Home » MyPlate on My Budget
Category Archives: MyPlate on My Budget
Got a teen girl? If so, I have a great book recommendation for you. Body and Soul: A Girl’s Guide to a Fit, Fun and Fabulous Life by Bethany Hamilton is an easy read full of pictures–and so much more.
This book is about nutrition, exercise, and balance. The writers break down what it means to eat clean, and provide clear examples of great exercises you can do at home without any equipment. There is also a Christian theme, but not so intense that it would throw readers from different religions off.
As soon as I started reading Body and Soul I immediate thought of a student athlete I know, and what a great pick this book would be for her. But once I saw all of the recipes I decided to keep Body and Soul for myself. I haven’t been this inspired to cook in a long time! I guess I’ll be buying an extra copy on Amazon when it’s released on May 6th.
P.S. I received a free copy of this book from BookLook in exchange for my honest opinions and review.
Americans are infamous for their obscenely gigantic refrigerators and I’m no exception. My freezer is usually so packed that something falls out and hits me in the head every time I open it.
That’s a sharp contrast to the mission countries that Wonderbag serves; places where Wonderbags mean reduced deforestation and increased quality of life. Wonderbags can be the difference between a mom being raped on her way to gather extra firewood for dinner, or staying home to help her children with their school work.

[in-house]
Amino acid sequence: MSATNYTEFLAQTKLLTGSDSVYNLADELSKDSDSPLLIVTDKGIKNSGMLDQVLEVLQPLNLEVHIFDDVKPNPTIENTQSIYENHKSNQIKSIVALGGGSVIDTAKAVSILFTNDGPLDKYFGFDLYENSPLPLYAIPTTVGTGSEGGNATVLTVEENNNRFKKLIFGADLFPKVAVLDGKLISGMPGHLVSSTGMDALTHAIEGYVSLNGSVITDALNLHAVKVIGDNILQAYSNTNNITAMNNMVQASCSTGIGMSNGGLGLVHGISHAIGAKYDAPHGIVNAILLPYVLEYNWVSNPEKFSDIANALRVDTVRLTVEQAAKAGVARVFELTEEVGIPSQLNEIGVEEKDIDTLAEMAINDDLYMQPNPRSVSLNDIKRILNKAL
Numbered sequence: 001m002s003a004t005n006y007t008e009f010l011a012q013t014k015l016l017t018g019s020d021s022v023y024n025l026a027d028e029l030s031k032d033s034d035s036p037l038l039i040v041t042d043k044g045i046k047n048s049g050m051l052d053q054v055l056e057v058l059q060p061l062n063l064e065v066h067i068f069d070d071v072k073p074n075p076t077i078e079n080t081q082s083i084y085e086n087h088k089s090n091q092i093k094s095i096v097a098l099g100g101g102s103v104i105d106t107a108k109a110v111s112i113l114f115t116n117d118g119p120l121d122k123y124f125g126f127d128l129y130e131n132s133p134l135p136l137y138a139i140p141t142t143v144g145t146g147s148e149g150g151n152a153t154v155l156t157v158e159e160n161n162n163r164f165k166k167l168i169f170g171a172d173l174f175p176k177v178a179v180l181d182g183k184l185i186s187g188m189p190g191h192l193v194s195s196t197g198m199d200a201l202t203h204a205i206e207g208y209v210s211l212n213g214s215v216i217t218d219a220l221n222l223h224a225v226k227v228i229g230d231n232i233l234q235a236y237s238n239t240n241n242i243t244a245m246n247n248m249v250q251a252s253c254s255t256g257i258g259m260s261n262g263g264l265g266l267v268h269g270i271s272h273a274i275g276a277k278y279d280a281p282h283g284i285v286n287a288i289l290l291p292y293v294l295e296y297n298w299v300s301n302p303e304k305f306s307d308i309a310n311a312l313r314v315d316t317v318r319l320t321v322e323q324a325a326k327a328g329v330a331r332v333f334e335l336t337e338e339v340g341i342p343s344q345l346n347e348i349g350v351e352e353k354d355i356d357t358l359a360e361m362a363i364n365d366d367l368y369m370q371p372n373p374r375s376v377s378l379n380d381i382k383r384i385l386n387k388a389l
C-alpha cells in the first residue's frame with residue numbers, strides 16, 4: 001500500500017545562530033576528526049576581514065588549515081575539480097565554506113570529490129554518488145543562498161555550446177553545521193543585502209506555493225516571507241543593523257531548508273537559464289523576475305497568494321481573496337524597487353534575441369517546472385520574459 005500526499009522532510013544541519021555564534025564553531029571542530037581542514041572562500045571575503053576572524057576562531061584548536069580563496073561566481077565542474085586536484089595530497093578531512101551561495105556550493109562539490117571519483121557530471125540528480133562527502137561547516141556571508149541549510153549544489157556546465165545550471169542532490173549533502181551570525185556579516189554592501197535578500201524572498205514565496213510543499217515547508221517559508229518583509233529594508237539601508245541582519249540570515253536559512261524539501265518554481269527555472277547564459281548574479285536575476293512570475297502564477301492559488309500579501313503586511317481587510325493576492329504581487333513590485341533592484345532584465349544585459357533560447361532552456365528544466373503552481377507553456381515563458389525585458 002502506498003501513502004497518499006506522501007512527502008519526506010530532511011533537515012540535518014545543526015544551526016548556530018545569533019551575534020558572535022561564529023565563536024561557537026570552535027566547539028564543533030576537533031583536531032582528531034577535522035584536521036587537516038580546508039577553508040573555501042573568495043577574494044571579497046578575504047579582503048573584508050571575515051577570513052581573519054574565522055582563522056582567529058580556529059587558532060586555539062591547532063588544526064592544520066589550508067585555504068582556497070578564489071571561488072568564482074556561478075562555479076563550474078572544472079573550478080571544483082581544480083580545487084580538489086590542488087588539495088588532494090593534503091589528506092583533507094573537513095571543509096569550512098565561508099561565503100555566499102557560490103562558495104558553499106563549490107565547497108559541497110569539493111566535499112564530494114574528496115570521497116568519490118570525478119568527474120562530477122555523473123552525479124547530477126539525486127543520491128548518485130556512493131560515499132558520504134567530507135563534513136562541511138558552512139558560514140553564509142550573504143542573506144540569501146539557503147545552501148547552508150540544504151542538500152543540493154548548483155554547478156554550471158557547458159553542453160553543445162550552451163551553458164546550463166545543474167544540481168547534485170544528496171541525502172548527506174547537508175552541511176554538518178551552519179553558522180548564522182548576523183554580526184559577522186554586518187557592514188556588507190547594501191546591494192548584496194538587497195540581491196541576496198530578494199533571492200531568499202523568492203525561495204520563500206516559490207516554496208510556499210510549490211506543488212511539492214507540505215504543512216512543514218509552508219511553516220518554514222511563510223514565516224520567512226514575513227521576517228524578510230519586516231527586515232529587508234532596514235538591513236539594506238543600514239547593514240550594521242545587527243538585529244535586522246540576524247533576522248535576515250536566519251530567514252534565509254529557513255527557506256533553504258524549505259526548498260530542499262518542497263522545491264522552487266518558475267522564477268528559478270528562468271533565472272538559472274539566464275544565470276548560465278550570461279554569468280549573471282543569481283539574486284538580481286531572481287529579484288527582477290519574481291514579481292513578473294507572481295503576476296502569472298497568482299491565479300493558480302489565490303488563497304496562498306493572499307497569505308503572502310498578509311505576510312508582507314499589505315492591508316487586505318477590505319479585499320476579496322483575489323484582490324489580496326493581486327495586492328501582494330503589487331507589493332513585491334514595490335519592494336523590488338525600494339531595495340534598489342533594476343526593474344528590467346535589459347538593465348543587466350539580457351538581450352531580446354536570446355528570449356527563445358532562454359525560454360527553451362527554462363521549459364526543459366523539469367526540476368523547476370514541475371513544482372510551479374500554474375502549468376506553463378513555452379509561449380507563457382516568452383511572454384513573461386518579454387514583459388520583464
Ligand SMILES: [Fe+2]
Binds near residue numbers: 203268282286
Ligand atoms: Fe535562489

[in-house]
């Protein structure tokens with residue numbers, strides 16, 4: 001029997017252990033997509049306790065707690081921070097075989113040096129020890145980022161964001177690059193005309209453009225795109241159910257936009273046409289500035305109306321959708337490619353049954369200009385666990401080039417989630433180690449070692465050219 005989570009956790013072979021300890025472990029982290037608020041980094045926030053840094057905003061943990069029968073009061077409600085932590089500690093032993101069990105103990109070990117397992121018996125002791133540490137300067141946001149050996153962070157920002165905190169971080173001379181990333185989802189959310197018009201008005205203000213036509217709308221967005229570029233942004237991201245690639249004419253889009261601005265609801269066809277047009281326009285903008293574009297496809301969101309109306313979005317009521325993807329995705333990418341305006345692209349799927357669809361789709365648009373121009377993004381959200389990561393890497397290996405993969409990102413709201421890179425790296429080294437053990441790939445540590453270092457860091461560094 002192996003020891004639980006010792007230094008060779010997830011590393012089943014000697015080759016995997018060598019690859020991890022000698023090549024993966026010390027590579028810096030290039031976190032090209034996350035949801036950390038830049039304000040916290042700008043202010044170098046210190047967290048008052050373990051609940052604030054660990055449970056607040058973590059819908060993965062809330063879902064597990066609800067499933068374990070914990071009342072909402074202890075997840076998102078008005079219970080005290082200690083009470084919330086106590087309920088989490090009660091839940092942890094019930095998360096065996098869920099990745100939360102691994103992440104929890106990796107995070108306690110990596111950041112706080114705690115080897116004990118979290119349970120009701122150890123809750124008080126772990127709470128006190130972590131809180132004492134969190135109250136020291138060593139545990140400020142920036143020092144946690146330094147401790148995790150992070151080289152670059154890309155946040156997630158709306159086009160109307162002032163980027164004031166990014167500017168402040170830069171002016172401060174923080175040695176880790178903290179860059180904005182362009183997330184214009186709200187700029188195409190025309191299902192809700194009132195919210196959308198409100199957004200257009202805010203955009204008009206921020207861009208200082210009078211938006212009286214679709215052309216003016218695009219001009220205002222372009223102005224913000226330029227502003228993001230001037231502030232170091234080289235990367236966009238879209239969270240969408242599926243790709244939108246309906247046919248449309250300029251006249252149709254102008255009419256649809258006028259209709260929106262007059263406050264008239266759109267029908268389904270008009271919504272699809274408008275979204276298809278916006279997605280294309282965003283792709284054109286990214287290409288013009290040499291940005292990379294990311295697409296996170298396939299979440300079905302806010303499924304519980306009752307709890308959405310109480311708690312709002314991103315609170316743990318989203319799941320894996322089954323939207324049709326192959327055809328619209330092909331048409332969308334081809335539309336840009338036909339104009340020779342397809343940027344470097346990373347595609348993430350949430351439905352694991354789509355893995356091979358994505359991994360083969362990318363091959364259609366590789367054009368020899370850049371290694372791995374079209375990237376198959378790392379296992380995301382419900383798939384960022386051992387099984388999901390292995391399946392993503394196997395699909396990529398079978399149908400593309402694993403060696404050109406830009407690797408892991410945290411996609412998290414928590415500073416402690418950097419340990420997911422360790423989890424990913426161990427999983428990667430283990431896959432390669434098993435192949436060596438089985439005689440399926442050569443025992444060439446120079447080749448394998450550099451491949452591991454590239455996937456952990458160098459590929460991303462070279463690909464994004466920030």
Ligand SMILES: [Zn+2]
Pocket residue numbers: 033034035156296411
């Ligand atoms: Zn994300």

That is very sobering.
My American kitchen is a world away. But I’ve found that Wonderbags can improve my quality of life too.
This year for Lent my family is trying to simply dinner and focus on family, and our Wonderbag is part of that plan. We are following an old-school/new-school meal plan:
- Meatless Mondays
- Taco Tuesdays
- Wheat-less Wednesdays
- Throwback Thursdays (leftovers)
- Fish on Fridays
- Souper Saturdays
- Sunday Chicken Dinner
The beauty of this plan is that the kids know what to expect for dinner and I have a clue about what to cook. If I go grocery shopping on Friday, it works out great. We clear out the fridge Thursday night and have fresh fish on Friday.
Today is Wheat-less-Wednesday and on the menu is Swiss Steak made from a bunch of things from my freezer and pantry. The picture doesn’t do it justice; this meal was so yummy my kids asked for seconds. It makes a really good meat, veggie, and gravy concoction that is excellent over rice.
- 1-2 lbs cube steak
- 1 lb mushrooms
- 8 garlic cloves
- 2 onions
- 3 carrots
- 3 T butter
- 2 T Worchester sauce